File photo. Photograph:( ANI )
The lawyer who is defending the convicts in the case is being shamed for delay tactics.
The morning of December 16, 2012, seven years ago, was not at all like another morning for India. We together as a country of over 100 billion had tears in our eyes and anger in our hearts.
What has happened the previous night was unimaginable - it was difficult to believe that such a harrowing incident has happened in the heart of the capital.
A girl was raped on a moving bus - we as a country have stopped reacting to rape news as it has become the new normal. But the scale of brutality which Nirbhaya faced jolted us and brought us out of our deep slumber.
There were hue and cry across the country, parents of daughters were scared and didn't know how they could protect their girls - by the way the situation is still the same.
Media played its role by giving non-stop coverage to the case. The culprits were arrested. Confessions were made. Fast -track court was set up. We thought that 'justice for Nirbhaya' is not far off.
But we were proved wrong and then began the mockery of the Indian judicial system. It's been seven years and two months and the date to hang the four convicts is set for the third time in the last 42 days.
At 6 in the morning on March 3, Nirbhaya's culprits will be hanged till death - only if all goes right in the court of law and no other mercy petition is filed. One out of the four culprits is still left with legal options to explore and further delay the hanging.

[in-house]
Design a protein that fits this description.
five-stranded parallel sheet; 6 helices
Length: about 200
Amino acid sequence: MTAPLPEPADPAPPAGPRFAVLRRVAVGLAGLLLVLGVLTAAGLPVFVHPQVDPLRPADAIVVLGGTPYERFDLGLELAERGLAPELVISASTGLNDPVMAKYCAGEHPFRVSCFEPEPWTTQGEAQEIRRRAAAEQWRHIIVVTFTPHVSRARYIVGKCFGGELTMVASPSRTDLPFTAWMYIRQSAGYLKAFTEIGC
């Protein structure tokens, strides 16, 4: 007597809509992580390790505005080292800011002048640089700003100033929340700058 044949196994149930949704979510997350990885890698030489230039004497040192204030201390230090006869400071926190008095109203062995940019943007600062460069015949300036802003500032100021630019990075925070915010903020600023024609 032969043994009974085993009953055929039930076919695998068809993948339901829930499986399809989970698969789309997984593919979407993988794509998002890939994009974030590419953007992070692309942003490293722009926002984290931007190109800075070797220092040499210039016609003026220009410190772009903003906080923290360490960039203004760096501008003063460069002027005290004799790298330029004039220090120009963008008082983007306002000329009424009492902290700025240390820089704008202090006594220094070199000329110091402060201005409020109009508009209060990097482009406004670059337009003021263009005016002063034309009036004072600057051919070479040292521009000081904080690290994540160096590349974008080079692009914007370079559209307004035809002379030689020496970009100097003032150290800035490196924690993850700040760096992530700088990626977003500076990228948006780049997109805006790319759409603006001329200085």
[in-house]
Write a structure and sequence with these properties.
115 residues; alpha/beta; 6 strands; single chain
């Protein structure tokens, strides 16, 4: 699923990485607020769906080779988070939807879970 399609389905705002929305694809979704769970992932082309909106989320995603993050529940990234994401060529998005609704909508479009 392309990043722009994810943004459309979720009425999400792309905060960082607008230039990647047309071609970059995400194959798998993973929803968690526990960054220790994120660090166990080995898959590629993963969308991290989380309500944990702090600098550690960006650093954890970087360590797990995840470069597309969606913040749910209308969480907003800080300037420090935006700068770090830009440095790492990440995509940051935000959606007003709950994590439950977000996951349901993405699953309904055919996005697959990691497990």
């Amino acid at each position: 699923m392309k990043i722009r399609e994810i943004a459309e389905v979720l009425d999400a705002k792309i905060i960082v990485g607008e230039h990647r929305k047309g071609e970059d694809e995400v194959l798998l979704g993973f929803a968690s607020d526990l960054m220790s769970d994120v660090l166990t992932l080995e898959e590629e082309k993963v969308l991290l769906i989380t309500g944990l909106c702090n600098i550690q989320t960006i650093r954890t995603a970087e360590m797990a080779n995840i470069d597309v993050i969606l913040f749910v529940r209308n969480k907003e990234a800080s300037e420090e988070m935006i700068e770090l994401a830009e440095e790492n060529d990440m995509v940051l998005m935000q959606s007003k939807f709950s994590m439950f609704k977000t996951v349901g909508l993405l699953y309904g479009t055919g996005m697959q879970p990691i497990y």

This case has exposed the loopholes of our judicial system to an extent that there seems to be no respite soon.
The lawyer who is defending the convicts in the case is being shamed for delay tactics. But is he actually to be blamed? He is, after all, somebody who is doing his job.
If we keep our sentiments aside and try to understand the deep-rooted flaw in the judiciary then we would realise that the infamous lawyer is bringing the loopholes to the limelight. Now, the onus is on lawmakers to take cognizance and introduce judicial reforms in the country.
Another such case was the 1990s Ruchika molestation case in which the verdict came after 26 years of an endless wait during which the victim committed suicide.
The punishment given was one and a half years of rigorous imprisonment while the family faced the trauma for more than two decades, and lost their child. There is no dearth of such cases in our country - but there is a lack of political will to dive in this realm and look for solutions.
We owe an apology to not just Nirbhaya, or Ruchika but to all those who are in an unending wait for justice.
(Disclaimer: The opinions expressed above are the personal views of the author and do not reflect the views of ZMCL)